In the morning comes disorder,
fresh magnetic sounds flooding outside
my window. In the meat
of a forty-foot Blue Spruce are
battle cries, and
birds suddenly begin to rain down in chase,
black, blue, and white, like a paint palette tipped
I step outside, walking and watching,
something pulls my eyes to the ground;
fallen at my feet,
gasping for life,
lies a magpie with
fuzz on her head.
She’s soft, scintillating,
Not a tiny bird,
likely a teen,
pulsing white chest,
eyes clamped and twitching next to my shoe.
The shouts from the others are now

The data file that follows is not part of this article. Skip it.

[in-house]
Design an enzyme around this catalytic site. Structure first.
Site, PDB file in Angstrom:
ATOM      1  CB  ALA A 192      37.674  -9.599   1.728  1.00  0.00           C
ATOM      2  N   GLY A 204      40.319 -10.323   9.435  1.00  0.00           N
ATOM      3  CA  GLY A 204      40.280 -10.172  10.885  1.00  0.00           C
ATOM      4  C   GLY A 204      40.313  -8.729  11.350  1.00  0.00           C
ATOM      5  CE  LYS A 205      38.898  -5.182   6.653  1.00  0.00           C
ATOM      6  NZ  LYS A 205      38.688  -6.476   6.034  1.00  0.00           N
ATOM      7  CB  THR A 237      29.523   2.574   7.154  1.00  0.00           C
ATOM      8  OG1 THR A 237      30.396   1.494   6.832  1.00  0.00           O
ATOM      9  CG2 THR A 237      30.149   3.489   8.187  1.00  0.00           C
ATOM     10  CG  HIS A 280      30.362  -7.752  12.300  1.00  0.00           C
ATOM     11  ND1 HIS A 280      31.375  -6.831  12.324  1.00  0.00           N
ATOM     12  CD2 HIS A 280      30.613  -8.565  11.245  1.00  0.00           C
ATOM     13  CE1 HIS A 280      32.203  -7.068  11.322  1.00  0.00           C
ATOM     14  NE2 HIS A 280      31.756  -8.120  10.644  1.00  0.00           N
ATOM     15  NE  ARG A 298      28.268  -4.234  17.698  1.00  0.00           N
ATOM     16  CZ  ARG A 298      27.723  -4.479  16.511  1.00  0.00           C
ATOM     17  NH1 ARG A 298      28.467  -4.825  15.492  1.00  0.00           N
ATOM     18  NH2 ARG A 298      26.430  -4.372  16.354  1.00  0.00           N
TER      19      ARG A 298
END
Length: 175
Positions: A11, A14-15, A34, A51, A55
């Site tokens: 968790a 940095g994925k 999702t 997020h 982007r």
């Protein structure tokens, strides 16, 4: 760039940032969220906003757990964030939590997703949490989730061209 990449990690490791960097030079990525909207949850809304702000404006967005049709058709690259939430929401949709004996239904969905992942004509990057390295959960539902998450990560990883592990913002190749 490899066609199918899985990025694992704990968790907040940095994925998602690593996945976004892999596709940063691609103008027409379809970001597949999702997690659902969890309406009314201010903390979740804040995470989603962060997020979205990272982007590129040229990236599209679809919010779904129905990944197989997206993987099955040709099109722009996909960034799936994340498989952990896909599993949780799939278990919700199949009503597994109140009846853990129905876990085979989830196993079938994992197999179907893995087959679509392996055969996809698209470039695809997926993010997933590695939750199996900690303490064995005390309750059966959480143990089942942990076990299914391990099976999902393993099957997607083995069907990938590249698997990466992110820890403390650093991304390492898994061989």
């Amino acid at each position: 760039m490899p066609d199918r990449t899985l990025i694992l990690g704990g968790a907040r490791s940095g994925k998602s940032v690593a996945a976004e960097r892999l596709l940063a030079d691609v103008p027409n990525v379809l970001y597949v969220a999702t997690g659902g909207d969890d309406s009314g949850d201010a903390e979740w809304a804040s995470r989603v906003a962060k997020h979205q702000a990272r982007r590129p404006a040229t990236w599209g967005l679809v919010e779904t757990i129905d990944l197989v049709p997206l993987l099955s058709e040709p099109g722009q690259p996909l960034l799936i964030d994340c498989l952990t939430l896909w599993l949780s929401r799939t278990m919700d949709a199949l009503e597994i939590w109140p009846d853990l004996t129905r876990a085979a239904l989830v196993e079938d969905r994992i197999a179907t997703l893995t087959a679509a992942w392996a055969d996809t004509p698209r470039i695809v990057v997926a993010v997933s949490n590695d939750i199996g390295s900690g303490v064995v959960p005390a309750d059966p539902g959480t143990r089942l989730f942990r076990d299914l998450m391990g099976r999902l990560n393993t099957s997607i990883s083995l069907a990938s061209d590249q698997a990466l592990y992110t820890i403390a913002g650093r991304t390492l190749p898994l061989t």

across the street, near Gabriel’s yard, high in
Cottonwood branches, six or more of her magpie clan
death-taunting a broad-bodied ebony crow.
Her tribe surrounds the outsider,
taking off across the sky in pursuit, stabbing, biting,
still ranting for their form of justice.
Back on the ground, only seconds have passed,
all the time necessary for
her to have finally stopped breathing.
A quietness presents itself.
For a moment I consider a burial, but she’s already under her home,
under the shade of the spruce.